Sleeping Dogs

Throughout the game, Shen will have to perform duties for both his gang and the police department, and as missions are completed, XP will be earned for the respective skill tree (Triad or Police). Each of these are split into two sections, and as each level is earned, you’ll be able to unlock the next available skill in either section.

Where the unique comes in is that ultimately, you may sway more to one side than the other, depending on your playstyle. When on a police mission, if you run into people or damage the environment, XP is taken away from that tree. This doesn’t matter much, as Police XP comes easier than Triad XP. In addition to these there’s also a “Face” tree, which is leveled up based on various actions throughout the game; when a new level is earned here, it adds a new self-benefiting ability, such as having buffs last longer.

Buffs, you ask? Yes, Sleeping Dogs is more RPG-like than most other open-world games, with the game coming close to the mechanics Saints Row 3. By either eating or partaking in some activity, Shen can earn buffs that increase his damage, helps him regenerate health or boost other abilities. Each buff disappears after a certain amount of time; faster if it’s more beneficial. While it’d be nice given the difficulty of some fights, there are no healing items that Shen can keep on him.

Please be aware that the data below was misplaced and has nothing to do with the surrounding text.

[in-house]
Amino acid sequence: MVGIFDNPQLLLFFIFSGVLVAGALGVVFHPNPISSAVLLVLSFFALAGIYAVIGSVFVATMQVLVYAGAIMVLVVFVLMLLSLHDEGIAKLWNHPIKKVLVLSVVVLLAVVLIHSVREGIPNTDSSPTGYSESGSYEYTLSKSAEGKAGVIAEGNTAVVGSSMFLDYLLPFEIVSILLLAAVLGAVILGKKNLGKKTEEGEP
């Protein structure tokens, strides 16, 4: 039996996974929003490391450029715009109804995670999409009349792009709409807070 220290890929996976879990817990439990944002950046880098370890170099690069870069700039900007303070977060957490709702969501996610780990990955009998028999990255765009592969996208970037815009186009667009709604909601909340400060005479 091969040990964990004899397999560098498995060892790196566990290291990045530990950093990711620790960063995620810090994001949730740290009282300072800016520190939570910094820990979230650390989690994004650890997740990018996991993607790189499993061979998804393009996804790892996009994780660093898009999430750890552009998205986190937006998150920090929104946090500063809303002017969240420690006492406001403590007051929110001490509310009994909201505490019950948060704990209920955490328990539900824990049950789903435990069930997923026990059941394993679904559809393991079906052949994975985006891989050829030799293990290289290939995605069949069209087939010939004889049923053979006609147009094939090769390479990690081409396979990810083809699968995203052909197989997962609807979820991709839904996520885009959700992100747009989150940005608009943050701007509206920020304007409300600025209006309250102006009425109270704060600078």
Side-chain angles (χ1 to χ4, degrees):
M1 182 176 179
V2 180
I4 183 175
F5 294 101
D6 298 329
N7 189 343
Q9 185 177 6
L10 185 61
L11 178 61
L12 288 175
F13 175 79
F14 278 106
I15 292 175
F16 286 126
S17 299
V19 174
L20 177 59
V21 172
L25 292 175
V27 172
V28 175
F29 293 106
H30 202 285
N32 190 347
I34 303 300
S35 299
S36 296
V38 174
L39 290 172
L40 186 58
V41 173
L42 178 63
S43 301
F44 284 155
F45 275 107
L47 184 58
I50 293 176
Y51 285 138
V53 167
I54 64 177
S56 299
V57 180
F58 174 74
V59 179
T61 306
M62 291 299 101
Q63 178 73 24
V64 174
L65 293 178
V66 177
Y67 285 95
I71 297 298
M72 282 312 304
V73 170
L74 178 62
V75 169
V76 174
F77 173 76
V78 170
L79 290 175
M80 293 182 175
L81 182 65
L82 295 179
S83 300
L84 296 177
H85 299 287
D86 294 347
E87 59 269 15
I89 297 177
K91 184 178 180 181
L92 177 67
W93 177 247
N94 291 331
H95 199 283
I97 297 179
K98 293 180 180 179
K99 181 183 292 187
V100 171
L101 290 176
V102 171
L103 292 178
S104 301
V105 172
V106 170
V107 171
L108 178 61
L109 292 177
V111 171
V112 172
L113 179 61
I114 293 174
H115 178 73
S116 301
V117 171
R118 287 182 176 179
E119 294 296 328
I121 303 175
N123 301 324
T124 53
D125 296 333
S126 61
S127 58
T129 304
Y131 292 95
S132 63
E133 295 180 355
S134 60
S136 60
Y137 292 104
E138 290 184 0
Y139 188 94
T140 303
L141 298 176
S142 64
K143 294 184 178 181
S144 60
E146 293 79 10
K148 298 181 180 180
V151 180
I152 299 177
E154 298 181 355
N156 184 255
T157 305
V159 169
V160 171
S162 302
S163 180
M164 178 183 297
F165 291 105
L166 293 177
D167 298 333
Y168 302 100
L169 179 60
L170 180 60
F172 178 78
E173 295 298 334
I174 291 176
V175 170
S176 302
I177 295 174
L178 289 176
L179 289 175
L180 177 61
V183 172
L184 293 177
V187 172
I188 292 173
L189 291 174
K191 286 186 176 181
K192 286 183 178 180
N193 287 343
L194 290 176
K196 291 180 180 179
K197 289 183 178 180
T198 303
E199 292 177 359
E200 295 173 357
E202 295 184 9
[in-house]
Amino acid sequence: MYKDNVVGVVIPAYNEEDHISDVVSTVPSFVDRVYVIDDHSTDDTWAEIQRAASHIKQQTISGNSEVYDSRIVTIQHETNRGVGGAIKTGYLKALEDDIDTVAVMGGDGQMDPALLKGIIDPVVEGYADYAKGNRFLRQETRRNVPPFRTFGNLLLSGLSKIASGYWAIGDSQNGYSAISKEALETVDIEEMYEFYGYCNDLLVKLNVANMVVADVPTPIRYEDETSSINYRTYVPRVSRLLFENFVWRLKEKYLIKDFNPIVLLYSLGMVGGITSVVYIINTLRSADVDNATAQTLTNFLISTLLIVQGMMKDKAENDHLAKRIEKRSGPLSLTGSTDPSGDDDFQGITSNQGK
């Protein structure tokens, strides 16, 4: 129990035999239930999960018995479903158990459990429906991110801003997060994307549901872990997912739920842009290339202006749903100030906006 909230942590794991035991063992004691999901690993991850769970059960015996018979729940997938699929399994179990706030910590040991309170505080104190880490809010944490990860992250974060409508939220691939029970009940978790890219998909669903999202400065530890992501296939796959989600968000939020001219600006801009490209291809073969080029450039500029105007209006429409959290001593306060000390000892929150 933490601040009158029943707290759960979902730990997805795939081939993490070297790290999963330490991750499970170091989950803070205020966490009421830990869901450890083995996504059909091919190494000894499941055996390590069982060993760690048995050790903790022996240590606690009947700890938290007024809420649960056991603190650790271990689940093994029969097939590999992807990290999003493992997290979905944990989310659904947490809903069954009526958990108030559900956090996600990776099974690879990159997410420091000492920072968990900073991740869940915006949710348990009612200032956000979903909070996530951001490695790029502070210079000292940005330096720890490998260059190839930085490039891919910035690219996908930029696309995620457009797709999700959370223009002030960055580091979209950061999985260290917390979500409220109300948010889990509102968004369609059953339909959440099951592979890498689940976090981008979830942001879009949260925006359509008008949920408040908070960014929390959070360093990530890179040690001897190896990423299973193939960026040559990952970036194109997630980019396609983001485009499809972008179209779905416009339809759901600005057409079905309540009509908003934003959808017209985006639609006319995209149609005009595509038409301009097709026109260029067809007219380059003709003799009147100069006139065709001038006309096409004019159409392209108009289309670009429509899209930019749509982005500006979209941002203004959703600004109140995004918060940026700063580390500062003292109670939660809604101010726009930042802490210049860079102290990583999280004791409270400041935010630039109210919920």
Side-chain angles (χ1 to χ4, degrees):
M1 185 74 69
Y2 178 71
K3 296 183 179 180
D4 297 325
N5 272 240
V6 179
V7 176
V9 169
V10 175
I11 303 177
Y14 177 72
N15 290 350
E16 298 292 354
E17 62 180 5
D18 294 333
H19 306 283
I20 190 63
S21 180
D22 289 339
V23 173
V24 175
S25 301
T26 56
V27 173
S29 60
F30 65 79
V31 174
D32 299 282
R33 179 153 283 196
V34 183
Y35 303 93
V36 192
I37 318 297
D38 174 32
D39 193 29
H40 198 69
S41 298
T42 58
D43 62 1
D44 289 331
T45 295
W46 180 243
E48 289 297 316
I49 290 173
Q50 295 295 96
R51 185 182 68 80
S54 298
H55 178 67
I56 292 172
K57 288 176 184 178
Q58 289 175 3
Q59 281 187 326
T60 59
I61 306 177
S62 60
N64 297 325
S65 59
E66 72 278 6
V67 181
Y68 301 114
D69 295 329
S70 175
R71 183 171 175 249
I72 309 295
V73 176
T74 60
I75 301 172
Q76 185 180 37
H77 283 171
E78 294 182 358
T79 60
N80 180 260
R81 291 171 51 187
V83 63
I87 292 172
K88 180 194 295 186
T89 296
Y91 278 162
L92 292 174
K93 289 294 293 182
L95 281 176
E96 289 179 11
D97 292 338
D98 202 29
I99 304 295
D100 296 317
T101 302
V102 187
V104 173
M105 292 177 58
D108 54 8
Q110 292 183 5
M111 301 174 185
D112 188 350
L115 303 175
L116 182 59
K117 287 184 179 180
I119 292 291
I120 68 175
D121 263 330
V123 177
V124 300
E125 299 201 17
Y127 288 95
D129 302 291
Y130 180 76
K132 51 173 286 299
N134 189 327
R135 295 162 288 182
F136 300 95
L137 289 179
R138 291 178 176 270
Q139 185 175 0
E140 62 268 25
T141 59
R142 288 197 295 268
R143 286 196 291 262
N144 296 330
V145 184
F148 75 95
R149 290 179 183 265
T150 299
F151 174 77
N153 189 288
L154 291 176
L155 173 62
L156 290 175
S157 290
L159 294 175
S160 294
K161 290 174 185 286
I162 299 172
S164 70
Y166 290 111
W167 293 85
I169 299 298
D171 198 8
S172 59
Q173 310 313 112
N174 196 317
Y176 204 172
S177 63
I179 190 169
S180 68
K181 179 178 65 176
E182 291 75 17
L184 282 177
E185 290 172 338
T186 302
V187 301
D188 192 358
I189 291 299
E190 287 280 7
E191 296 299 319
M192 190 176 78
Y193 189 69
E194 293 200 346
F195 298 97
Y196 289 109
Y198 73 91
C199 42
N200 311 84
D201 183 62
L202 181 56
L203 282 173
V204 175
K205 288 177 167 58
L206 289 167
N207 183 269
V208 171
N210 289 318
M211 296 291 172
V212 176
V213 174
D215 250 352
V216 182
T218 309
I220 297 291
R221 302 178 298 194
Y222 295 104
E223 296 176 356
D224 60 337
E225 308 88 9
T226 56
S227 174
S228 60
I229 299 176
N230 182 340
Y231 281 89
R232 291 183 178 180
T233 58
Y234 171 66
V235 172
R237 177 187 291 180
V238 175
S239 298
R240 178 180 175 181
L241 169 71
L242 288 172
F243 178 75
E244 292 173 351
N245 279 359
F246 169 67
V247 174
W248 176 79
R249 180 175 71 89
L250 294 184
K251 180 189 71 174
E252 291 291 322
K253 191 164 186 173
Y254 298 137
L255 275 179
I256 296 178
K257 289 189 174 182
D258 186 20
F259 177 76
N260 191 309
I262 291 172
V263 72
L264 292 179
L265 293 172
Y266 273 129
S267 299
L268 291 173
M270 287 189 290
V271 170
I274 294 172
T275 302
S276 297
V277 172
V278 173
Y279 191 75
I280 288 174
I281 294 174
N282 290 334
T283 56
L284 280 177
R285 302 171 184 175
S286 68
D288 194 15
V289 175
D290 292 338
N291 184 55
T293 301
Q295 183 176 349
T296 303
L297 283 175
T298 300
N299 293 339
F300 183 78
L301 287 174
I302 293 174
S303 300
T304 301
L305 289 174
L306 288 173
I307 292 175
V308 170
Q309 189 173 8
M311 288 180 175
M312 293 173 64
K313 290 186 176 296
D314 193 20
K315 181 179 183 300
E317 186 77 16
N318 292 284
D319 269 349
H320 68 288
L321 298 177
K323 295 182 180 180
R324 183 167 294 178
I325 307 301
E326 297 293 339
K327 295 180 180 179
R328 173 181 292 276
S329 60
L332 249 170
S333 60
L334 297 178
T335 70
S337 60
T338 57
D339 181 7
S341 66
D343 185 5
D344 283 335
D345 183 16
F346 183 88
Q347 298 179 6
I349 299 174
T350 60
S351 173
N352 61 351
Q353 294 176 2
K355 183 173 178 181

Sleeping Dogs

One thing that sets this game apart is that it takes place in Hong Kong, while most open-world games, such as Grand Theft Auto, Mafia II and Saints Row, take place in more Americanized locations. If you’re indifferent to Asia, this might not matter, but if you do happen to love the cities of any Asian metropolis, you’re going to be pleased with the world here. I’d argue that this is the most detailed open-world game ever, as the cities feel genuine with their layouts and design, and rarely did I stumble on anything that I knew was a direct copy / paste (things like advertisements aside).

Adding to the realism, most of the NPCs in the game speak Cantonese with no subtitles, while all important characters speak in clear English with occasional Cantonese thrown in. This is appreciated, and to me, required. It’d feel a bit odd to traverse through Hong Kong and never hear the official language.

Environments, Combat, Other Mechanics & Final Thoughts